In addition to a professional analysis of the group’s deliberations, each surrogate juror is interviewed privately to determine his or her attitudes concerning the basic issues of the case. These individual responses are evaluated psychometrically (the methodology for quantifying mental and other subjective data) vis–à–vis the various trial themes being investigated and/or tested; and each individual response is again measured psychometrically against the surrogate jury’s group deliberations concerning the theme of the case as they envision it.
Through this highly focused investigatory process, the basic theme for the case clearly emerges. This special “interactive” focus group testing is then repeated again and again with different sets of surrogate jurors to ensure the validity of the results as established—i.e., the trial theme guaranteed to achieve the widest latitude of acceptance with potential jurors.
14. Must Use the Right Theme – While it is important to build your case around a basic theme, it is critical to use the right theme, i.e., a theme guaranteed to achieve the widest possible appeal with a jury. The problem is that too often, attorneys tend to rely on intuition, hunches, and guesswork to come up with the right themes for their cases.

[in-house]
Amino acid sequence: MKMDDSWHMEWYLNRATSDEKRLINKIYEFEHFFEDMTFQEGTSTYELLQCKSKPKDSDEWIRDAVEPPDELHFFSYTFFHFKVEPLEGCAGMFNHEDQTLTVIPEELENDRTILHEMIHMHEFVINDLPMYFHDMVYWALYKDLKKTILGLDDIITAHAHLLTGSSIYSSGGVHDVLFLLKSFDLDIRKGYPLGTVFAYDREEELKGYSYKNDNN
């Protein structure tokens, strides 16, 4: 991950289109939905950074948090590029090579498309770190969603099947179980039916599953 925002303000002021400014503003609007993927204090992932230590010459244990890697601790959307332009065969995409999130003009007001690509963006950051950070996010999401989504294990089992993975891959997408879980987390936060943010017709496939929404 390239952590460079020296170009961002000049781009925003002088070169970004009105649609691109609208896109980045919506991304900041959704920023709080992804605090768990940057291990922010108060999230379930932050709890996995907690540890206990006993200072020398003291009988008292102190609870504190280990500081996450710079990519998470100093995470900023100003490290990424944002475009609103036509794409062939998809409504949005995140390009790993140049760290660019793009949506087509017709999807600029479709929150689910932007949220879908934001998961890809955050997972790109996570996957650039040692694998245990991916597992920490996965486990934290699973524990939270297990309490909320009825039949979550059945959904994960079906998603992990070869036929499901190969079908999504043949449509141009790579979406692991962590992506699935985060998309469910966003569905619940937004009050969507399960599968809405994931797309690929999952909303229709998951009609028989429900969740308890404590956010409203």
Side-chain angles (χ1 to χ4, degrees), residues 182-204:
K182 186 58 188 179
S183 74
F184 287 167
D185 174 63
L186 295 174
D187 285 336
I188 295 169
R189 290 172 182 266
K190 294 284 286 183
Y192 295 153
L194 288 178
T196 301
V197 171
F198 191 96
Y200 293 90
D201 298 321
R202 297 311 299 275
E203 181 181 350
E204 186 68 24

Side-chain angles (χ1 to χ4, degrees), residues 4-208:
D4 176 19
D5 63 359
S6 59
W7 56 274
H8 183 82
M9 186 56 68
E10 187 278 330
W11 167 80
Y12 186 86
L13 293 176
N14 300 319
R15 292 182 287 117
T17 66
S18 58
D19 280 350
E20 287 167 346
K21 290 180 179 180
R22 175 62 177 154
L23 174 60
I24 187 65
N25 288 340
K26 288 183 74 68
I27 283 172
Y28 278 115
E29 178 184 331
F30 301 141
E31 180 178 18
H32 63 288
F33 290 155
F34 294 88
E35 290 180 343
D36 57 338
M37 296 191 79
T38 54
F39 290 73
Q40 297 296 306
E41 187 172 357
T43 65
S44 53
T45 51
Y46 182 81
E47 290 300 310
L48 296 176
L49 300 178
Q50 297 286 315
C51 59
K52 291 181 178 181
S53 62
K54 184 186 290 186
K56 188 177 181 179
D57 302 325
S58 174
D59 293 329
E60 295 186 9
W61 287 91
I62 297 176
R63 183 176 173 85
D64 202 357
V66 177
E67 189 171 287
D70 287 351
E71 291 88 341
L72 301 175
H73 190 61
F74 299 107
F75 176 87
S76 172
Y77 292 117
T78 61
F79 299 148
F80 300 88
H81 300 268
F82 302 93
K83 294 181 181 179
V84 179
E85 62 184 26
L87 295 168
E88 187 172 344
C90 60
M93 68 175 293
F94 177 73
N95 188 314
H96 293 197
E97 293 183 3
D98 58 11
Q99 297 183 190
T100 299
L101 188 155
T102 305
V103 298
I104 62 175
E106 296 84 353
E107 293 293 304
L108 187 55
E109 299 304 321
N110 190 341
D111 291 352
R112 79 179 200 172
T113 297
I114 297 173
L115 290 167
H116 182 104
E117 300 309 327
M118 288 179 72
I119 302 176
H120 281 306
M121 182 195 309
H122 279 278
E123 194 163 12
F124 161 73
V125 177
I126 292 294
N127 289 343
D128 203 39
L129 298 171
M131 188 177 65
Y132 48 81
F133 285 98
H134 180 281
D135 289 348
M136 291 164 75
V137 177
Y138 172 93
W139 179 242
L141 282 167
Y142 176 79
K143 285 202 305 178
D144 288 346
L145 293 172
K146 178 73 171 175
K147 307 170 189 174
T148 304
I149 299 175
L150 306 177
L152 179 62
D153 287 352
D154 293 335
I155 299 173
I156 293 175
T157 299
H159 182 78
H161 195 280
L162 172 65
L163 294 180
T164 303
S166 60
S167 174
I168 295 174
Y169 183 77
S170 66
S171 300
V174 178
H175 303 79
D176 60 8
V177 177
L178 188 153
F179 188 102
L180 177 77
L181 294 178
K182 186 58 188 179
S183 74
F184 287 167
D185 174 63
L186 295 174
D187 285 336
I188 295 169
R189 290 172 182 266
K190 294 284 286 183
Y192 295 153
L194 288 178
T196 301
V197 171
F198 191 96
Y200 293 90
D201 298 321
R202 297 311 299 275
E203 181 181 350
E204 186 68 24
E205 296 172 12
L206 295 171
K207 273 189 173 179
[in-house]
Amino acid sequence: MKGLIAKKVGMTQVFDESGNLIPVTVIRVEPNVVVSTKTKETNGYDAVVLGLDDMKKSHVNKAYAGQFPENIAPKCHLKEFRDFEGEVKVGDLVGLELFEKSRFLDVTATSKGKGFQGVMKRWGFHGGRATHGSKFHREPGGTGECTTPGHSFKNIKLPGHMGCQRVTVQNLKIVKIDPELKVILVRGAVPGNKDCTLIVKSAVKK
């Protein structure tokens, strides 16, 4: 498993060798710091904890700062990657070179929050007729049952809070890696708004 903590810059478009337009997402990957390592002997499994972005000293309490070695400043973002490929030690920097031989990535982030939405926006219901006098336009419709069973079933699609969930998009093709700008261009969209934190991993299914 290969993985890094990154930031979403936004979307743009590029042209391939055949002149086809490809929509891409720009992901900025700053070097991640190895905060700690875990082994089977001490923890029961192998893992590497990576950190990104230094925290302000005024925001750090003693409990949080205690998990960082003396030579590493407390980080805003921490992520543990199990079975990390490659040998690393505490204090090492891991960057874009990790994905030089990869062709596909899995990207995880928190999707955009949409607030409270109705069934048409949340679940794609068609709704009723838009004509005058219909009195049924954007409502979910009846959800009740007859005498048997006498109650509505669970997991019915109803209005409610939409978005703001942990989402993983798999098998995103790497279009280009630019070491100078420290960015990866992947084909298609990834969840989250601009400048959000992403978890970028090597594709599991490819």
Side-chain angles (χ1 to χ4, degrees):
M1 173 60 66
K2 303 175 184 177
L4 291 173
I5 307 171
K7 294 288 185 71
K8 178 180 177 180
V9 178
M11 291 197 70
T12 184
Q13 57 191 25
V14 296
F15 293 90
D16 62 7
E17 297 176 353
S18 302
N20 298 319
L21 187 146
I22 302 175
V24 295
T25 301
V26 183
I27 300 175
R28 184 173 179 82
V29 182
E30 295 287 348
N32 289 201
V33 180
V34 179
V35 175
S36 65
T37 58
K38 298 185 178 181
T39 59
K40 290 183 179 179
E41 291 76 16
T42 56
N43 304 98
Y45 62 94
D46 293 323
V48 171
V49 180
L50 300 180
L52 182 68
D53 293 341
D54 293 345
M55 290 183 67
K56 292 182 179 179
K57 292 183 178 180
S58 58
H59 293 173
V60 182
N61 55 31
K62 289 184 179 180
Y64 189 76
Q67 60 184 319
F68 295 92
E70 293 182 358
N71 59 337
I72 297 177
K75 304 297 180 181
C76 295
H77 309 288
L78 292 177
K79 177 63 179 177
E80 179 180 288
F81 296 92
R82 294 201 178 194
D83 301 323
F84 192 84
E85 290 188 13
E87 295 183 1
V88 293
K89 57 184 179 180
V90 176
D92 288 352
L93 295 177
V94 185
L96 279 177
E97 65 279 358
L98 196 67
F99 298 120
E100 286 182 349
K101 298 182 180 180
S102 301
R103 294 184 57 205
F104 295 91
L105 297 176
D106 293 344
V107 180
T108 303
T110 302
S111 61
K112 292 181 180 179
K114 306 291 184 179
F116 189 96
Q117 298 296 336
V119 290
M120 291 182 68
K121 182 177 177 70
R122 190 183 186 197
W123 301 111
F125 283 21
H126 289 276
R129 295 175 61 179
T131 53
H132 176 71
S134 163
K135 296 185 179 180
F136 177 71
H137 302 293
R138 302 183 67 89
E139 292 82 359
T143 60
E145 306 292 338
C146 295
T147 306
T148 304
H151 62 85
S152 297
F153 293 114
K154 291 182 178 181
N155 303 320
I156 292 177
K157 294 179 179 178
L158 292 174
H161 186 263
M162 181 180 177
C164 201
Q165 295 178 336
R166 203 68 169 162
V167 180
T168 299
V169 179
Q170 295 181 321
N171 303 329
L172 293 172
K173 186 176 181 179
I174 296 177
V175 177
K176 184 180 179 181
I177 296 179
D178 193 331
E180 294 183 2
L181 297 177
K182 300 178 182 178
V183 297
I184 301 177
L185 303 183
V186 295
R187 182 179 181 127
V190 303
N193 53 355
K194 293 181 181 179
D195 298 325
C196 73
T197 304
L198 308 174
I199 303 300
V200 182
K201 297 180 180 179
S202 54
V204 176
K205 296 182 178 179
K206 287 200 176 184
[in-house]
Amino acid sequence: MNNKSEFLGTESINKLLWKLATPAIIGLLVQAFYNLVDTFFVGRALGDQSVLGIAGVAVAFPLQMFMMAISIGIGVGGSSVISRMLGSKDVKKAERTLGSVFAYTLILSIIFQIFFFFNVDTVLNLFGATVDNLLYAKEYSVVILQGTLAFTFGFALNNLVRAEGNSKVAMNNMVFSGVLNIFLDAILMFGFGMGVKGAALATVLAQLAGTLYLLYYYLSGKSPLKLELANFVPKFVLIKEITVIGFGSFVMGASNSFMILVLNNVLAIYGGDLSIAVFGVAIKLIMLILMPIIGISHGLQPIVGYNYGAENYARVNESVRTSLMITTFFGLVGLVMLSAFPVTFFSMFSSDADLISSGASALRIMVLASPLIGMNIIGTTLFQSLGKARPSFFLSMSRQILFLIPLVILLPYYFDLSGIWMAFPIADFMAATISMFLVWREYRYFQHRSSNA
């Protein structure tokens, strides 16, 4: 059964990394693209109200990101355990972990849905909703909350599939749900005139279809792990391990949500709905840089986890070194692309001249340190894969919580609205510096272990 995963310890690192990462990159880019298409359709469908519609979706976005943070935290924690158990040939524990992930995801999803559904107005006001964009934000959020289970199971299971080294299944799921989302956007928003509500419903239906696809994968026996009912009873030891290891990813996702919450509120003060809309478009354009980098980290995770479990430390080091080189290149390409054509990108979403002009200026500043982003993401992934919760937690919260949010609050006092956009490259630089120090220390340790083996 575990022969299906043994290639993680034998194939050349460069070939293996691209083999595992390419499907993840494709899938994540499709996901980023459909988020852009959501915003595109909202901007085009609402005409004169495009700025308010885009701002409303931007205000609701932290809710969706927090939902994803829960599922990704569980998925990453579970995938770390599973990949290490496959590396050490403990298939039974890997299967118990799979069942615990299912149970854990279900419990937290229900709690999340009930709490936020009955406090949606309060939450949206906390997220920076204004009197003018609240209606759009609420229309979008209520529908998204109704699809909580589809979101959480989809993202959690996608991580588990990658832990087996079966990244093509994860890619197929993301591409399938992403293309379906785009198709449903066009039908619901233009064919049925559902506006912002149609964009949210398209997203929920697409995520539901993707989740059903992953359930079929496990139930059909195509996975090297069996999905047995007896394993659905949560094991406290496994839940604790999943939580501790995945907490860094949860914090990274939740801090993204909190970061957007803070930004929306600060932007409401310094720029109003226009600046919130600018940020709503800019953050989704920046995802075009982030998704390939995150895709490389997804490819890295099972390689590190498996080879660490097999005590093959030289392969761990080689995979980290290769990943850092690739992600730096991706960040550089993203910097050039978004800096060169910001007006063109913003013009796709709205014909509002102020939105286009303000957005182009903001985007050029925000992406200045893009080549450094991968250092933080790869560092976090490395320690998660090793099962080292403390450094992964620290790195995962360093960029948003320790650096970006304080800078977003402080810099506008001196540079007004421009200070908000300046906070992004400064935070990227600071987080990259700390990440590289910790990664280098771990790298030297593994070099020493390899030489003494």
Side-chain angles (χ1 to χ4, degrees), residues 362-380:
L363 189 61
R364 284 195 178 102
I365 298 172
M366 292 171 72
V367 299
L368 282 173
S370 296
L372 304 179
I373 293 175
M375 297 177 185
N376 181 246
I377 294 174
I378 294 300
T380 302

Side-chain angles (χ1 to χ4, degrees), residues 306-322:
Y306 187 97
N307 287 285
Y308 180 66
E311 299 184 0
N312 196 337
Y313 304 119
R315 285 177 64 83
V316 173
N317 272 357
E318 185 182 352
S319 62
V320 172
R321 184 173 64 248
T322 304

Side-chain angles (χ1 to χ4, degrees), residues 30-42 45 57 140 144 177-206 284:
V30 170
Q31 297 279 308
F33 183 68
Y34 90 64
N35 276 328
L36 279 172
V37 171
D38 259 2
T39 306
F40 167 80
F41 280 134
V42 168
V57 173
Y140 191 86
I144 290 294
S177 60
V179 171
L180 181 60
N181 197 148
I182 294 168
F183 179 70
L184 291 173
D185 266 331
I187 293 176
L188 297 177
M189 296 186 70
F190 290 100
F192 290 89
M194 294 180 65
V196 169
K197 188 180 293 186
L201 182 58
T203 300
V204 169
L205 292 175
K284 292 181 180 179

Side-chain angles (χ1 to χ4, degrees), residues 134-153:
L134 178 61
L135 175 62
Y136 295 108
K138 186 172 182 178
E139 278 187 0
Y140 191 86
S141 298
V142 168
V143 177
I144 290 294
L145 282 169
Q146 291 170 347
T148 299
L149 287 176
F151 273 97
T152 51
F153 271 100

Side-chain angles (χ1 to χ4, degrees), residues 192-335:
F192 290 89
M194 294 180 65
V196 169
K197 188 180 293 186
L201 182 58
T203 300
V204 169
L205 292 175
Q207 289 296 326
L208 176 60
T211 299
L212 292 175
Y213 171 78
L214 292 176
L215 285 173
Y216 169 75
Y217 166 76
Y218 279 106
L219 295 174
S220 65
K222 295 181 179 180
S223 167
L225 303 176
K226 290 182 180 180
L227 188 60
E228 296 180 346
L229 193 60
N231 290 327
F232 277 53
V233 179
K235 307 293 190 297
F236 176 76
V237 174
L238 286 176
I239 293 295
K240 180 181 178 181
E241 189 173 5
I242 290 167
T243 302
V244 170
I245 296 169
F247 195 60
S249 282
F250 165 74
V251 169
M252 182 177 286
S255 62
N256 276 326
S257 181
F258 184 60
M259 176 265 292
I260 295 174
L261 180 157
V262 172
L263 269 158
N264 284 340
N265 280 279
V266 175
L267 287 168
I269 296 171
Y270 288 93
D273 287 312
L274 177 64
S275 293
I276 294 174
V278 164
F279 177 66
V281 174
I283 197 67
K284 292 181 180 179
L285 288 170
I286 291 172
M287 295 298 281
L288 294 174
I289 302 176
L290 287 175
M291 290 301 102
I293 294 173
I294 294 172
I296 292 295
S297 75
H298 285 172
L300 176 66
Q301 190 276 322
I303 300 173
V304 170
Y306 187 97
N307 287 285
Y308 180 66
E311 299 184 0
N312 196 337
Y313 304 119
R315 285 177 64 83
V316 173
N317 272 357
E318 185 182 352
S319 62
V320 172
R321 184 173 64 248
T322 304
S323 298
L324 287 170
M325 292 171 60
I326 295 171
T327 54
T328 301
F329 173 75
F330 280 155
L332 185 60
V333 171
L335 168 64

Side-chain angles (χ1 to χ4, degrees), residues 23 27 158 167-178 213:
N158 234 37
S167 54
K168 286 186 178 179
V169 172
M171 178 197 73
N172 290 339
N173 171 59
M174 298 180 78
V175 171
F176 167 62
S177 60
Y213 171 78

Intuition has its uses. The methodology by which novelists, artists, poets, and other creative individuals develop themes for their work is usually intuitive. Intuition is also an indispensable forecasting technique for persons occupied in many other colorful fields of endeavor, including sports handicapping, professional gambling, prospecting for gold, and weight–guessing at carnivals.